I’m in the throes of that dreaded annual ordeal: the tax return. For some reason (best known to probably not very many people at all), CofE ministers seem to be regarded for tax purposes as self-employed (I suppose the thinking was that you can’t easily send an employer’s tax submission form to the Ancient of Days). As a result, we have to deal with all the claims and counter-claims ourselves. Fortunately, there are people around who have spotted the gap in the market and are dedicated full-time to making this marginally less daunting. I’ve my appointment next week. Hence the frenzied number-crunching and paper-clip management.

But I came across this poem in my favourite respite from duties and traumas, The Funny Side. Written by Hugo Williams, I suspect many of you will relate to it in just the same way that I did.

Desk Duty

Hugo Williams

My desk has brought me
all my worst fears on a big tray
and left it across my lap.
I’m not allowed to move until I have
eaten everything up.
I push things around on my plate.
I kick the heating pipes.

A piece of worn carpet on the floor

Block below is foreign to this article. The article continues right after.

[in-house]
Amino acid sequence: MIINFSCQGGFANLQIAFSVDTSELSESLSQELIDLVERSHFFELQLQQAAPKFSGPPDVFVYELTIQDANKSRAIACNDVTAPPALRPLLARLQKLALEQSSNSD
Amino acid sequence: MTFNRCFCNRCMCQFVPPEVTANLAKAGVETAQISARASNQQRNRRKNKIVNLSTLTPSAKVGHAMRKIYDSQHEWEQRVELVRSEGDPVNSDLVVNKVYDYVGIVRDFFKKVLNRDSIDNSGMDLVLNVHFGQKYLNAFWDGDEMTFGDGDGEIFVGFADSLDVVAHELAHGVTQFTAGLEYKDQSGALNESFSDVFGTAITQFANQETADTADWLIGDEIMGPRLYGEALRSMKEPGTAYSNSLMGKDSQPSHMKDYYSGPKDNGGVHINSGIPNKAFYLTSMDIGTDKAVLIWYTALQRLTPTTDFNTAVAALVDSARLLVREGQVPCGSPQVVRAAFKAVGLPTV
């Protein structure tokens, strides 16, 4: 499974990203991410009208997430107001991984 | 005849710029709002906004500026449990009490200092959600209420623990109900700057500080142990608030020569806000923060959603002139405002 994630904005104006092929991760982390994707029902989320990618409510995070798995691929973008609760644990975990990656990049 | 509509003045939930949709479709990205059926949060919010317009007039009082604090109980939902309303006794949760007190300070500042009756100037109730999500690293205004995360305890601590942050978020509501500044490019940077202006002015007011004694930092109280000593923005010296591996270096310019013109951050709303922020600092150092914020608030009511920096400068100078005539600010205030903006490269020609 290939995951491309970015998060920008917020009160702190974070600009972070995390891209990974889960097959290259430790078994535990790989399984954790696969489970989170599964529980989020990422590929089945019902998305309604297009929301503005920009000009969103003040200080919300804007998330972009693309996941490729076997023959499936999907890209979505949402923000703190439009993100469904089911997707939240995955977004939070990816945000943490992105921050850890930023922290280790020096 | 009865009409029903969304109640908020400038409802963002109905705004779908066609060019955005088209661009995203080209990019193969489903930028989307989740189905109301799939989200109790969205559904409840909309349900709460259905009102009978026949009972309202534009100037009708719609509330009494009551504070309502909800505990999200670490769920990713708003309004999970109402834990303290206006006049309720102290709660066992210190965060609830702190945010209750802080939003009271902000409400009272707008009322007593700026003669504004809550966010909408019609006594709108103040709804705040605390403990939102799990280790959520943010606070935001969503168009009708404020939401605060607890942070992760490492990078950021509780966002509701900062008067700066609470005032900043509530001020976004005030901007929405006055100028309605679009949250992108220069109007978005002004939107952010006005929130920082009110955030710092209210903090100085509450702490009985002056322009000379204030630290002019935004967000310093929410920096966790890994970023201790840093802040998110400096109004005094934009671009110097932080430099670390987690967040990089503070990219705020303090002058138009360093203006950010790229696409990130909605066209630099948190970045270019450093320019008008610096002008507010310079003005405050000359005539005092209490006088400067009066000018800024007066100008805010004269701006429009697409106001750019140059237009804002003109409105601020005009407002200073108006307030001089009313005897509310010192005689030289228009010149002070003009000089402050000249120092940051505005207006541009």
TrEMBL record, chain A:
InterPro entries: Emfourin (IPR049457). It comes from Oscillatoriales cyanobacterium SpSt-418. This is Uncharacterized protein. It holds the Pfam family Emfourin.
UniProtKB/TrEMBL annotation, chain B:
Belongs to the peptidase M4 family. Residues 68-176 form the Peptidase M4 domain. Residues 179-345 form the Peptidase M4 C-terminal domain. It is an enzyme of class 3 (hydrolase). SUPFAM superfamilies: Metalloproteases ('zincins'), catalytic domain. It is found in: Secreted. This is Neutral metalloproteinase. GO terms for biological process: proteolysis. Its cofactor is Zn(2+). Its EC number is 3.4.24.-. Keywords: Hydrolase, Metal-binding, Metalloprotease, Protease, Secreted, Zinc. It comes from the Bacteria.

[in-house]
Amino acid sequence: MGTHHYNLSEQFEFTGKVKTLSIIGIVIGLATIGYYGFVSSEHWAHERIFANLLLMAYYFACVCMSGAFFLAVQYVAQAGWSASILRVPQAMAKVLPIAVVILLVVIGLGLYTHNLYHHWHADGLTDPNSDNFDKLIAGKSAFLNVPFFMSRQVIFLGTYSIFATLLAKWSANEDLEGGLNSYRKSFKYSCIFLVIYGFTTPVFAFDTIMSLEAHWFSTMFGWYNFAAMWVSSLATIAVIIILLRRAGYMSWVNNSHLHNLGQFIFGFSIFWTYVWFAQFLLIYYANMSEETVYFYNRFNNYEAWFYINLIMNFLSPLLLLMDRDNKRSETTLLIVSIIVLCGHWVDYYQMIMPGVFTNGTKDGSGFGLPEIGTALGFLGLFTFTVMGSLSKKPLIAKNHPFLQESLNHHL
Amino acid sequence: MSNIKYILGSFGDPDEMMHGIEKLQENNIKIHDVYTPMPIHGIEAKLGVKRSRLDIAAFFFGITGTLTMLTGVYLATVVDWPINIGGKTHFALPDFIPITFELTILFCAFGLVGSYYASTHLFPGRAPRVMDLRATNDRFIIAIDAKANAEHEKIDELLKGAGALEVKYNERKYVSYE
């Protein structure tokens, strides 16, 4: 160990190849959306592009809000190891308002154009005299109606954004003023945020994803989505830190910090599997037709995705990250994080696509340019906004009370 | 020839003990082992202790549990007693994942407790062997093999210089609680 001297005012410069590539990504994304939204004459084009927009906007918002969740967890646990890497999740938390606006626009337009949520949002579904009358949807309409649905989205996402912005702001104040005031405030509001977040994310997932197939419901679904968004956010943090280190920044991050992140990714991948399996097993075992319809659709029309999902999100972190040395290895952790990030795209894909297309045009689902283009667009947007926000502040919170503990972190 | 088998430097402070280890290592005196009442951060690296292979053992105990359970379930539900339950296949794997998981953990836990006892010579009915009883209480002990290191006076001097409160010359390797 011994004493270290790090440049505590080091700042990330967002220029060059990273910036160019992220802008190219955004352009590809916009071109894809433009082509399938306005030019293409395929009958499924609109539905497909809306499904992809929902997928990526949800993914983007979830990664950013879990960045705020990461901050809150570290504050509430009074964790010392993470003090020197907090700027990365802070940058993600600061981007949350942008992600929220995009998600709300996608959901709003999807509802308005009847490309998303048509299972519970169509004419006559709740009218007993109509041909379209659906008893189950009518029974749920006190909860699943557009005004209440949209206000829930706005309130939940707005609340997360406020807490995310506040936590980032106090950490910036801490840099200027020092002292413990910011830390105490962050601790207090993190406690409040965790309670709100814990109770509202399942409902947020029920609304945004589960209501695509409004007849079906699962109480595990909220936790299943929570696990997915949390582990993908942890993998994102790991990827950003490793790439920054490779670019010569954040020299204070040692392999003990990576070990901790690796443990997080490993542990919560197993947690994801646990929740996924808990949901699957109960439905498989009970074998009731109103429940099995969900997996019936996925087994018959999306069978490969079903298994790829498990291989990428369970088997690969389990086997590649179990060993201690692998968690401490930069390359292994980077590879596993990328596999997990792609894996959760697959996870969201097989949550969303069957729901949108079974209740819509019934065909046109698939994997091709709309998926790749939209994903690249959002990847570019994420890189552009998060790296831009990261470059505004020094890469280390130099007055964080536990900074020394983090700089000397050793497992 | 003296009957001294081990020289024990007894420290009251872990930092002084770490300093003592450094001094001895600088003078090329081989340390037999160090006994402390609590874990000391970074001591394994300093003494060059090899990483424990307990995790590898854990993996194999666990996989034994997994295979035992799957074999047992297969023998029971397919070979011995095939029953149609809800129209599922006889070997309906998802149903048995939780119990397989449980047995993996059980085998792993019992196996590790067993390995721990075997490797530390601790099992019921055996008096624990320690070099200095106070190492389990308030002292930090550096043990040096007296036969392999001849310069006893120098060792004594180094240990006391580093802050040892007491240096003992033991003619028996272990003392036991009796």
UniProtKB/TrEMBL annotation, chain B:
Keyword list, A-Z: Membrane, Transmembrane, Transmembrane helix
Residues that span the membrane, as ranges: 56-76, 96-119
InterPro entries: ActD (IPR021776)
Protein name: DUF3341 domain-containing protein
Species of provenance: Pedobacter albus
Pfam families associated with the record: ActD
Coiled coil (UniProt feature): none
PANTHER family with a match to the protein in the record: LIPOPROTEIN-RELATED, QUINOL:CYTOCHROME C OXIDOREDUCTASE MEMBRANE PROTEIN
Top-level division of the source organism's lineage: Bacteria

proves how long I’ve been sitting here
shuffling my feet,
opening and closing drawers,
looking for something I’ve lost
under piles of official papers and threats,
roofing grants and housing benefits.

Am I married or single?
Employed or self-employed?
What sort of work do I do?
Is my house being used for business
or entertainment purposes? (See Note 3)
If I am resident at my place of work,
who supplies the furniture?

I have cause to suspect myself
of deliberately wasting time
writing my name and place of birth
under ‘Who else lives with you?’
It has taken me all day
to find something true to write
under ‘Personal Allowances’ – or not untrue.

I know all about my little game
of declaring more than I earn
to the Inland Revenue – or was it less?
I’m guilty as hell,
or I wouldn’t be sitting her like this
playing footy-footy with my desk.
I’d be upstairs in bed with my bed.

(From The Funny Side, p57)

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This Post Has One Comment

  1. Marcus

    Oh yes! Traumatic horror. Not that there aren’t some tax advantages, but the whole process of claiming them is so tortuous that they aren’t worth the years of your life you waste claiming them…


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